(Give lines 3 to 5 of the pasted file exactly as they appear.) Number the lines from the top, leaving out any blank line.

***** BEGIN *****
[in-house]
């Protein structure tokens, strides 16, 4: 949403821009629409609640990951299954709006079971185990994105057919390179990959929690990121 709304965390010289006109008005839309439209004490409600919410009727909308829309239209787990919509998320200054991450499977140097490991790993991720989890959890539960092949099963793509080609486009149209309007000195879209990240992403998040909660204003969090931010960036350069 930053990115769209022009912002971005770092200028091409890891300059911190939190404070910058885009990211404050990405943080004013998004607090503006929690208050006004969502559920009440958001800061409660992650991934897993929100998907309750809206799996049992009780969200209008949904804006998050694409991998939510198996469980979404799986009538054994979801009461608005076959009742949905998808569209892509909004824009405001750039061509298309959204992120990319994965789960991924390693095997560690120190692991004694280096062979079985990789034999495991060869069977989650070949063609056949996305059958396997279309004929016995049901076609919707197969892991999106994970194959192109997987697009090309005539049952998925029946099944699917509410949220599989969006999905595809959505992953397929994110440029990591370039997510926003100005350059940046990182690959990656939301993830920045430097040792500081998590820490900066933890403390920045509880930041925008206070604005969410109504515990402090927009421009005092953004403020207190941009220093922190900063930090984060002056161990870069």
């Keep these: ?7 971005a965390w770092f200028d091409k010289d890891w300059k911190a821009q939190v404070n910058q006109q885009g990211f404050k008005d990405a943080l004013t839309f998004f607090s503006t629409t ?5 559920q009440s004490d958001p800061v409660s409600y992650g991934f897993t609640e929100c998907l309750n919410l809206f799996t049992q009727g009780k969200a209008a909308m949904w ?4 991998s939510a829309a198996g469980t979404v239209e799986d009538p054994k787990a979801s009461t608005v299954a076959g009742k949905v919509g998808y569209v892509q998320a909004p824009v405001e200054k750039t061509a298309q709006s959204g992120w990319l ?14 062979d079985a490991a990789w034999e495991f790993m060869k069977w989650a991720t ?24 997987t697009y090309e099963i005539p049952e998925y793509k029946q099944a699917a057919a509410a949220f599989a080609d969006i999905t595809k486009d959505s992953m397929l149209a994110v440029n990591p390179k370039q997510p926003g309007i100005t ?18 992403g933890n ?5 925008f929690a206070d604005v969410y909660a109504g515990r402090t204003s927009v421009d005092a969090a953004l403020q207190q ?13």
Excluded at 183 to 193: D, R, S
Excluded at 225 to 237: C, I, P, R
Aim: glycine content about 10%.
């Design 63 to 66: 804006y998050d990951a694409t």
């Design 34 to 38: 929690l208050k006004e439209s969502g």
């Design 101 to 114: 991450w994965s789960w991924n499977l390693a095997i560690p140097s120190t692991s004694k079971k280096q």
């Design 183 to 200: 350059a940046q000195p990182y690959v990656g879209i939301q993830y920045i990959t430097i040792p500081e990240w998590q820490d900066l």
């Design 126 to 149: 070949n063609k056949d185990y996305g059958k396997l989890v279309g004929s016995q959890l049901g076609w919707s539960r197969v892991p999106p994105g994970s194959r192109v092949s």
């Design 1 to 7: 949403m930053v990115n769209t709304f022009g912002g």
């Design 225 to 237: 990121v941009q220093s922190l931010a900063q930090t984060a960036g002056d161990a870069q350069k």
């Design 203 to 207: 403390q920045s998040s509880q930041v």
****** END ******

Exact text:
């Keep these: ?7 971005a965390w770092f200028d091409k010289d890891w300059k911190a821009q939190v404070n910058q006109q885009g990211f404050k008005d990405a943080l004013t839309f998004f607090s503006t629409t ?5 559920q009440s004490d958001p800061v409660s409600y992650g991934f897993t609640e929100c998907l309750n919410l809206f799996t049992q009727g009780k969200a209008a909308m949904w ?4 991998s939510a829309a198996g469980t979404v239209e799986d009538p054994k787990a979801s009461t608005v299954a076959g009742k949905v919509g998808y569209v892509q998320a909004p824009v405001e200054k750039t061509a298309q709006s959204g992120w990319l ?14 062979d079985a490991a990789w034999e495991f790993m060869k069977w989650a991720t ?24 997987t697009y090309e099963i005539p049952e998925y793509k029946q099944a699917a057919a509410a949220f599989a080609d969006i999905t595809k486009d959505s992953m397929l149209a994110v440029n990591p390179k370039q997510p926003g309007i100005t ?18 992403g933890n ?5 925008f929690a206070d604005v969410y909660a109504g515990r402090t204003s927009v421009d005092a969090a953004l403020q207190q ?13």
Excluded at 183 to 193: D, R, S
Excluded at 225 to 237: C, I, P, R